A Case Shows Shift in Kidnap Laws
What a difference two decades make.Skip to next paragraph
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In 1979, when Stephen Fagan abducted his two young daughters and fled from Massachusetts to Florida, his former wife, Barbara Kurth, had few places to turn. Parental kidnapping was often regarded by law-enforcement officials as a family matter. Ms. Kurth has stated publicly that police and the FBI refused to get involved, citing a lack of laws.
Today, in the wake of Mr. Fagan's highly publicized arrest in Palm Beach last month on kidnapping charges, advocates for missing children are using his case as a measure of how attitudes, resources, and laws have changed.
"We have come light years in these cases," says Ernie Allen, president of the National Center for Missing and Exploited Children in Arlington, Va. "In 1979, it wasn't even a crime in every state. There was a pervasive attitude that we still battle to some extent today: 'The kid's with the parent, how bad can it be?' You couldn't even enter missing-child information in the National Crime Information Center, a national data base for 17,000 police departments."
Now, Mr. Allen says, more training exists for police. More judges are taking cases seriously, and penalties are improving.
So are recovery rates. Since 1990, the center has located more than 80 percent of the children it seeks. "Most kids are recovered, most abductors are identified, and most kids are returned to their lawful parent," Allen says. "But it's a continuing battle."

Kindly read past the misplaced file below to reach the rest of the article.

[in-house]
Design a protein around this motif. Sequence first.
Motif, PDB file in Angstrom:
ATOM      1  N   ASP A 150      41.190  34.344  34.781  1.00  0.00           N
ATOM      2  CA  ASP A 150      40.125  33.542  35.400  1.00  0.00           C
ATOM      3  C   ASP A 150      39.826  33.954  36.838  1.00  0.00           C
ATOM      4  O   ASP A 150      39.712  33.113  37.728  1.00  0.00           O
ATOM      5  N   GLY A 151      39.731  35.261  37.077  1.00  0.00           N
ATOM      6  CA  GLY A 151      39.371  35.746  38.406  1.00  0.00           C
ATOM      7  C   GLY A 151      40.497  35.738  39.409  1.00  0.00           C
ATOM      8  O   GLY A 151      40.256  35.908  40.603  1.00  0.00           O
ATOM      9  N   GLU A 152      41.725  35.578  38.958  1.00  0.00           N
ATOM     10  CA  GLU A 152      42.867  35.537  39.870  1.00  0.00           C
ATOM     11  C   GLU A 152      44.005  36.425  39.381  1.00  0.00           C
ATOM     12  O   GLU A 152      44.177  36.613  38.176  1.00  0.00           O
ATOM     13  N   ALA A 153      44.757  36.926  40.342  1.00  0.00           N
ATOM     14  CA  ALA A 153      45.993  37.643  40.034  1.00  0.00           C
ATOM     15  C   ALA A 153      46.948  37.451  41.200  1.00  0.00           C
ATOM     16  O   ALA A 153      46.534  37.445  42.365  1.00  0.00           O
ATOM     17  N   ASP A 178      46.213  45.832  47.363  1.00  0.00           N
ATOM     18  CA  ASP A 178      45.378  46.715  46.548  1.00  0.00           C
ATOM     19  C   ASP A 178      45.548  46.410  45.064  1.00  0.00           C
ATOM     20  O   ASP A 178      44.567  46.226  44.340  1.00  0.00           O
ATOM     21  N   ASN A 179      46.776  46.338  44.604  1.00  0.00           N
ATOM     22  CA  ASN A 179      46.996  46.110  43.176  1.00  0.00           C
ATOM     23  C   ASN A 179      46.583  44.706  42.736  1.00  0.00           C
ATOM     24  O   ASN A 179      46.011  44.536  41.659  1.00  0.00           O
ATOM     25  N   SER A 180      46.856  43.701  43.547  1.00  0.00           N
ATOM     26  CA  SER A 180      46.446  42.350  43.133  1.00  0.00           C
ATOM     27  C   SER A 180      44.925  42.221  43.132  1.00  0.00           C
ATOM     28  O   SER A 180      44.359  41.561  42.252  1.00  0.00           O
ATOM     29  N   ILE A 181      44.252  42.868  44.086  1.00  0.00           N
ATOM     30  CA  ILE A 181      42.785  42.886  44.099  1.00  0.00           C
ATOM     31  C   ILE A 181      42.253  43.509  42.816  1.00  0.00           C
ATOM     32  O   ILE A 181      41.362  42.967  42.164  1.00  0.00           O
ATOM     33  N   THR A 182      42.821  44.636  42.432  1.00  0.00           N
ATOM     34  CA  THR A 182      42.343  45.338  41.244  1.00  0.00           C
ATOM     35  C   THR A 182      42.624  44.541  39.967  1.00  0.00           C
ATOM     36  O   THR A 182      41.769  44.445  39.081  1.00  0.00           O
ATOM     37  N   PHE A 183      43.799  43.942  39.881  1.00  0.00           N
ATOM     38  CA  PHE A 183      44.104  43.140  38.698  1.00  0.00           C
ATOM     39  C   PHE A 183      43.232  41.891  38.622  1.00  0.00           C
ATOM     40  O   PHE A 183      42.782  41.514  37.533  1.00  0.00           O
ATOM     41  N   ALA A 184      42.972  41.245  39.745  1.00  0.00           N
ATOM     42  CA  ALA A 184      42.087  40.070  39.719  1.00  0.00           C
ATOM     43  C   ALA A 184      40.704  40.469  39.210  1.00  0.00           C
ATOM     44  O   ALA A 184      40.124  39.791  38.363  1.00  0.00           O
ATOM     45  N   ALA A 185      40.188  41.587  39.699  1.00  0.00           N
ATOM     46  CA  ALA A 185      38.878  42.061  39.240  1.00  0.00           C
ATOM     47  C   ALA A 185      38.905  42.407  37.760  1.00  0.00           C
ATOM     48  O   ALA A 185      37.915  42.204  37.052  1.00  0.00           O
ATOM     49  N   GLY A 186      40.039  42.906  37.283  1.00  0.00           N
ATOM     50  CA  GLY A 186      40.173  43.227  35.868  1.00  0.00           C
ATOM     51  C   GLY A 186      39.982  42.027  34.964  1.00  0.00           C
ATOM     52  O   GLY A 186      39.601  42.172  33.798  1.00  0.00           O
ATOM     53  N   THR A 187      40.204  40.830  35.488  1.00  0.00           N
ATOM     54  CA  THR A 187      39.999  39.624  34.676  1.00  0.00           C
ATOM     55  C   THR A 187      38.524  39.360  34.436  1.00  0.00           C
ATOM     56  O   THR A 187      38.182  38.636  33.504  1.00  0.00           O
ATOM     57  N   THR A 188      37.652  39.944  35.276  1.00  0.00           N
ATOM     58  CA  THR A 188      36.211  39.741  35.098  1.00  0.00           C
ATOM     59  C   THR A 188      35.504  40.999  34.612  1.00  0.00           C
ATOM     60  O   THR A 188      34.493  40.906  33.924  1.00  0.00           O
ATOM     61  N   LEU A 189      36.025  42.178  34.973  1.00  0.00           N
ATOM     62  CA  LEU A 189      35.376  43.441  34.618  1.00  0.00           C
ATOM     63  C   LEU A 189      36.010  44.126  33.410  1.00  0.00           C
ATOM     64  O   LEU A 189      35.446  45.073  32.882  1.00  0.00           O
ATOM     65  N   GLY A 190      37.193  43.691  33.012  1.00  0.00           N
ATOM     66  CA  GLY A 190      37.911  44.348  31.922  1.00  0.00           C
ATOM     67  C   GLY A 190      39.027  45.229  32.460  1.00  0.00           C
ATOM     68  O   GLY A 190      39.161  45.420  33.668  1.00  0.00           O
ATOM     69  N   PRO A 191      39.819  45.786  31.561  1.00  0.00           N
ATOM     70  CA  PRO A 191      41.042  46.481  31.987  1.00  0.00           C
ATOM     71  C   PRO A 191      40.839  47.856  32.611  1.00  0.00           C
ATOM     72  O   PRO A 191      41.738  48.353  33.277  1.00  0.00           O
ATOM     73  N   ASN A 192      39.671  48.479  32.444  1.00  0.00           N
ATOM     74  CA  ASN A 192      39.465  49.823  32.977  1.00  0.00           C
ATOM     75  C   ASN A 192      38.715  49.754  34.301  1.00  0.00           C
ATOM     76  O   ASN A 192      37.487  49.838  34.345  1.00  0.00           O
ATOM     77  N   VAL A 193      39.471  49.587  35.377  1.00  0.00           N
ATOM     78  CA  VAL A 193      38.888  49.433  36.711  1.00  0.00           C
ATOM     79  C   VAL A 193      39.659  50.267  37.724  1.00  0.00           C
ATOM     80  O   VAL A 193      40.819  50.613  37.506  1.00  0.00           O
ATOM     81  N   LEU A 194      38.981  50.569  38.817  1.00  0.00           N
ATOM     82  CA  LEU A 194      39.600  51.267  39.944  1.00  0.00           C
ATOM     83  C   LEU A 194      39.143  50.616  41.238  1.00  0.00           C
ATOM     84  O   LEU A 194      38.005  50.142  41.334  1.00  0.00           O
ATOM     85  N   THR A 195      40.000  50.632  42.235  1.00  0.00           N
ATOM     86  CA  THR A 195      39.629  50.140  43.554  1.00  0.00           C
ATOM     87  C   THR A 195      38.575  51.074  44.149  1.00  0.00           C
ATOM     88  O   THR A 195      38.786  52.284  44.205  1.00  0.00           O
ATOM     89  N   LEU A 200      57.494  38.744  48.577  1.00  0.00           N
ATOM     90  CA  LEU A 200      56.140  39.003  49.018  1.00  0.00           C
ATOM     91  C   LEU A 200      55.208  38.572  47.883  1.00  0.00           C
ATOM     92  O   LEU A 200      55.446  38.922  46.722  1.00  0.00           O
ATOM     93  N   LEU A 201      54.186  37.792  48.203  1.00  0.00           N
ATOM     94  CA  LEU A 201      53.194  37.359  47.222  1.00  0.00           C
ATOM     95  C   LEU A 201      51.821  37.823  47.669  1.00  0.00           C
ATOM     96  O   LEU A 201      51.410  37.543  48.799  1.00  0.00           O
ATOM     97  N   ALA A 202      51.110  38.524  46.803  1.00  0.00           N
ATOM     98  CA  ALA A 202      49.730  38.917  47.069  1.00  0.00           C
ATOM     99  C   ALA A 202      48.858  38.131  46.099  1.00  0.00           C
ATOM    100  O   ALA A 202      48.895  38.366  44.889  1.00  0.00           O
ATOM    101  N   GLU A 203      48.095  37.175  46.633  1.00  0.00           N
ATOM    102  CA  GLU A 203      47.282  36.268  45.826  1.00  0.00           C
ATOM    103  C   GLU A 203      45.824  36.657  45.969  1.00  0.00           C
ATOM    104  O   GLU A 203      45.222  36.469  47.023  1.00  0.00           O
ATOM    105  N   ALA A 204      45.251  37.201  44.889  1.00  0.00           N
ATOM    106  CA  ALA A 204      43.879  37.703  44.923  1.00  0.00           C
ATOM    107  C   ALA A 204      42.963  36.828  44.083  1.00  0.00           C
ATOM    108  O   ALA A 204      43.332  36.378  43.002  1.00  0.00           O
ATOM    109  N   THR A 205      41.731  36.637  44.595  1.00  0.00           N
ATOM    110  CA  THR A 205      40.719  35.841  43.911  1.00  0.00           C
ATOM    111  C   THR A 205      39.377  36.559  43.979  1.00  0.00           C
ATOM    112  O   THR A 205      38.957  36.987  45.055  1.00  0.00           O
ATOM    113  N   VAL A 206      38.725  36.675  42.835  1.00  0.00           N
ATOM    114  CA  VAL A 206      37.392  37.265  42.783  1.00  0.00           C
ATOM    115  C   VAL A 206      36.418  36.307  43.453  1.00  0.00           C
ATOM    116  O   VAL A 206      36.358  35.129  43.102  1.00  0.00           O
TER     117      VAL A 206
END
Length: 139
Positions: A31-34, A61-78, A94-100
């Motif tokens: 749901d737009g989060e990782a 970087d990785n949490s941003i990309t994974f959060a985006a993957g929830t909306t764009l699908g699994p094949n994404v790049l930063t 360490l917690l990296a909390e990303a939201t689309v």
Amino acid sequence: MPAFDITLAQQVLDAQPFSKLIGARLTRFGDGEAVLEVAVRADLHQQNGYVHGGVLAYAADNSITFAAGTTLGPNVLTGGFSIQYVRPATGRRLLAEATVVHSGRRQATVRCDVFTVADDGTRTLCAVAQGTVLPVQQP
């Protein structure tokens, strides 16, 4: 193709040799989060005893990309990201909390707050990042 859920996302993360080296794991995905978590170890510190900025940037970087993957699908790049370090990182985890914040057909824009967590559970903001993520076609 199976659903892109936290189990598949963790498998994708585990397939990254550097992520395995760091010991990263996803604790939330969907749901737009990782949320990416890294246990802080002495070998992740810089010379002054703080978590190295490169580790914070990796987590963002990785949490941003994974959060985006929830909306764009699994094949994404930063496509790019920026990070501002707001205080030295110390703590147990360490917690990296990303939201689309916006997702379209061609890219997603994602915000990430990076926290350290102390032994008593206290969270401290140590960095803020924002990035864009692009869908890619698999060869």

As the Fagan case illustrates, that battle can continue even after children are found. (Police discovered Fagan living under the name William Martin.) Ms. Kurth, a research scientist in Charlottesville, Va., has denied Fagan's claims that she was an alcoholic and a neglectful mother. But their daughters, Rachael and Lisa Martin, refuse to see her.
Every year, as many as 350,000 children are involved in family abductions, according to the US Department of Justice. A family member either takes a child in violation of a custody decree or fails to return a child at the end of a legal or agreed-upon visit. Children typically range from 2 to 11 years old. In nearly half of cases, the child is missing from two to seven days.
Progress in dealing with these cases began in 1980, when a federal law prohibiting parents from abducting their children took effect. Its purpose is to ensure that state child-custody determinations will be honored by courts of other states.
"If you have a custody order in Georgia and the other parent takes the child to California, California should honor these papers," says Frank Bernhardt, director of community outreach for Children's Rights of America in Atlanta. "But in some cases that is still a problem."
In 1982, Congress passed the Missing Children Act, a law that provides for missing children to be entered into the FBI computer. By the early 1980s, all 50 states had enacted the Uniform Child Custody Jurisdiction Act, a uniform state law designed to promote interstate cooperation in enforcing custody orders. And if a parent takes a child out of state or out of the country in defiance of a court order, law-enforcement officials can obtain a warrant for the abducting parent's arrest.